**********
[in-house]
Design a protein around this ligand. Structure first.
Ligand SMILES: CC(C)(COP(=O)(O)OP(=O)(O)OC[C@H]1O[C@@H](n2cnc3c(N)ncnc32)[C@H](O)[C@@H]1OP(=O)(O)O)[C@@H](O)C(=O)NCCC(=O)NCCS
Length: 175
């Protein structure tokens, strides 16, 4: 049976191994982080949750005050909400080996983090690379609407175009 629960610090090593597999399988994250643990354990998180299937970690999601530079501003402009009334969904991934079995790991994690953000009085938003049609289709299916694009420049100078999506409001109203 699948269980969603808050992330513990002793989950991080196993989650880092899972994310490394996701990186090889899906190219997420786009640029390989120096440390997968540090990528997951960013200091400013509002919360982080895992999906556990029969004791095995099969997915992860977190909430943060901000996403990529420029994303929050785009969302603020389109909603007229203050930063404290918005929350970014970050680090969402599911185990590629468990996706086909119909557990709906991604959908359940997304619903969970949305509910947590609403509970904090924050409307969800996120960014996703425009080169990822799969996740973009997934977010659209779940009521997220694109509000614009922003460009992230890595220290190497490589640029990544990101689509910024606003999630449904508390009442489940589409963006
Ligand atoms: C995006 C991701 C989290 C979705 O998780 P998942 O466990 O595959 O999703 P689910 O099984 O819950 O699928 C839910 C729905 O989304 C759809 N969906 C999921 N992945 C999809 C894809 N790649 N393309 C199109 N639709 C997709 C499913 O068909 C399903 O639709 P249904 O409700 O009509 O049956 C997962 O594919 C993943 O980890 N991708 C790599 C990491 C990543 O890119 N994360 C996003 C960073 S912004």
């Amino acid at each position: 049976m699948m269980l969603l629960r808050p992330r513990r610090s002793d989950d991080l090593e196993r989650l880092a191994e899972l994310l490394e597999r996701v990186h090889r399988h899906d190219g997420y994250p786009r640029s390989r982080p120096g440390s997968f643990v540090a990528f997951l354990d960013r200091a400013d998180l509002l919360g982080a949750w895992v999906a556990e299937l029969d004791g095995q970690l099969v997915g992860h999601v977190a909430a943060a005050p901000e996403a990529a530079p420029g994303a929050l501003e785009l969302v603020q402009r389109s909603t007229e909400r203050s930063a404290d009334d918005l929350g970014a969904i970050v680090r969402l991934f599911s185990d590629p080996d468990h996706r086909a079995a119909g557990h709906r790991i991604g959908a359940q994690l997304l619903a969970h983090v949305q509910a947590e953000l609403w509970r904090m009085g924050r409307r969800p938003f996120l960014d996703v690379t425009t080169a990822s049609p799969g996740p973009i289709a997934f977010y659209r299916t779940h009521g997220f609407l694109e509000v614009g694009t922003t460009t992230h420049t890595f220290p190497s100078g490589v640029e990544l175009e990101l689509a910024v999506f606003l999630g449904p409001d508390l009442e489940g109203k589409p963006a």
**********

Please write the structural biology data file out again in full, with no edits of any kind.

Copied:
[in-house]
Design a protein around this ligand. Structure first.
Ligand SMILES: CC(C)(COP(=O)(O)OP(=O)(O)OC[C@H]1O[C@@H](n2cnc3c(N)ncnc32)[C@H](O)[C@@H]1OP(=O)(O)O)[C@@H](O)C(=O)NCCC(=O)NCCS
Length: 175
């Protein structure tokens, strides 16, 4: 049976191994982080949750005050909400080996983090690379609407175009 629960610090090593597999399988994250643990354990998180299937970690999601530079501003402009009334969904991934079995790991994690953000009085938003049609289709299916694009420049100078999506409001109203 699948269980969603808050992330513990002793989950991080196993989650880092899972994310490394996701990186090889899906190219997420786009640029390989120096440390997968540090990528997951960013200091400013509002919360982080895992999906556990029969004791095995099969997915992860977190909430943060901000996403990529420029994303929050785009969302603020389109909603007229203050930063404290918005929350970014970050680090969402599911185990590629468990996706086909119909557990709906991604959908359940997304619903969970949305509910947590609403509970904090924050409307969800996120960014996703425009080169990822799969996740973009997934977010659209779940009521997220694109509000614009922003460009992230890595220290190497490589640029990544990101689509910024606003999630449904508390009442489940589409963006
Ligand atoms: C995006 C991701 C989290 C979705 O998780 P998942 O466990 O595959 O999703 P689910 O099984 O819950 O699928 C839910 C729905 O989304 C759809 N969906 C999921 N992945 C999809 C894809 N790649 N393309 C199109 N639709 C997709 C499913 O068909 C399903 O639709 P249904 O409700 O009509 O049956 C997962 O594919 C993943 O980890 N991708 C790599 C990491 C990543 O890119 N994360 C996003 C960073 S912004």
């Amino acid at each position: 049976m699948m269980l969603l629960r808050p992330r513990r610090s002793d989950d991080l090593e196993r989650l880092a191994e899972l994310l490394e597999r996701v990186h090889r399988h899906d190219g997420y994250p786009r640029s390989r982080p120096g440390s997968f643990v540090a990528f997951l354990d960013r200091a400013d998180l509002l919360g982080a949750w895992v999906a556990e299937l029969d004791g095995q970690l099969v997915g992860h999601v977190a909430a943060a005050p901000e996403a990529a530079p420029g994303a929050l501003e785009l969302v603020q402009r389109s909603t007229e909400r203050s930063a404290d009334d918005l929350g970014a969904i970050v680090r969402l991934f599911s185990d590629p080996d468990h996706r086909a079995a119909g557990h709906r790991i991604g959908a359940q994690l997304l619903a969970h983090v949305q509910a947590e953000l609403w509970r904090m009085g924050r409307r969800p938003f996120l960014d996703v690379t425009t080169a990822s049609p799969g996740p973009i289709a997934f977010y659209r299916t779940h009521g997220f609407l694109e509000v614009g694009t922003t460009t992230h420049t890595f220290p190497s100078g490589v640029e990544l175009e990101l689509a910024v999506f606003l999630g449904p409001d508390l009442e489940g109203k589409p963006a």